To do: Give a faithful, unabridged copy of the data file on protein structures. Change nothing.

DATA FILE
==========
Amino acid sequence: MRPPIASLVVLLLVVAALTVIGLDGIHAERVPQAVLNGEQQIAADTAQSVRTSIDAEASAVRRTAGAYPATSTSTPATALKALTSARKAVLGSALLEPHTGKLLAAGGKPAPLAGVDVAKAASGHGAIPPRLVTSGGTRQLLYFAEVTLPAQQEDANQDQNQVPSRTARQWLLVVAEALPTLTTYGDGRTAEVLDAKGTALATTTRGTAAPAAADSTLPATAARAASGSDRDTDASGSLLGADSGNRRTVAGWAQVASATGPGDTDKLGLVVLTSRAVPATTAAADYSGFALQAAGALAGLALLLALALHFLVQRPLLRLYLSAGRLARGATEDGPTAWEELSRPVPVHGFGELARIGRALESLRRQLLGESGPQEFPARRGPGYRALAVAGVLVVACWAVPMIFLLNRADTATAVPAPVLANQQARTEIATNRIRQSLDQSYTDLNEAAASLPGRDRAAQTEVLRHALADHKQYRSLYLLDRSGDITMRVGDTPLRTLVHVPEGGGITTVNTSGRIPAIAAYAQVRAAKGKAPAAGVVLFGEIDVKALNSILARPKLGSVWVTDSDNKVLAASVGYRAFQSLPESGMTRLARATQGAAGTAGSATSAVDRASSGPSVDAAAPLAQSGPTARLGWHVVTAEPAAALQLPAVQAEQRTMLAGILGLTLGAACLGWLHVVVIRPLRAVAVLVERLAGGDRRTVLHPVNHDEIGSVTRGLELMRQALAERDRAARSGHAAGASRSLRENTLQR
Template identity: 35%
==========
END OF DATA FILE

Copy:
Amino acid sequence: MRPPIASLVVLLLVVAALTVIGLDGIHAERVPQAVLNGEQQIAADTAQSVRTSIDAEASAVRRTAGAYPATSTSTPATALKALTSARKAVLGSALLEPHTGKLLAAGGKPAPLAGVDVAKAASGHGAIPPRLVTSGGTRQLLYFAEVTLPAQQEDANQDQNQVPSRTARQWLLVVAEALPTLTTYGDGRTAEVLDAKGTALATTTRGTAAPAAADSTLPATAARAASGSDRDTDASGSLLGADSGNRRTVAGWAQVASATGPGDTDKLGLVVLTSRAVPATTAAADYSGFALQAAGALAGLALLLALALHFLVQRPLLRLYLSAGRLARGATEDGPTAWEELSRPVPVHGFGELARIGRALESLRRQLLGESGPQEFPARRGPGYRALAVAGVLVVACWAVPMIFLLNRADTATAVPAPVLANQQARTEIATNRIRQSLDQSYTDLNEAAASLPGRDRAAQTEVLRHALADHKQYRSLYLLDRSGDITMRVGDTPLRTLVHVPEGGGITTVNTSGRIPAIAAYAQVRAAKGKAPAAGVVLFGEIDVKALNSILARPKLGSVWVTDSDNKVLAASVGYRAFQSLPESGMTRLARATQGAAGTAGSATSAVDRASSGPSVDAAAPLAQSGPTARLGWHVVTAEPAAALQLPAVQAEQRTMLAGILGLTLGAACLGWLHVVVIRPLRAVAVLVERLAGGDRRTVLHPVNHDEIGSVTRGLELMRQALAERDRAARSGHAAGASRSLRENTLQR
Template identity: 35%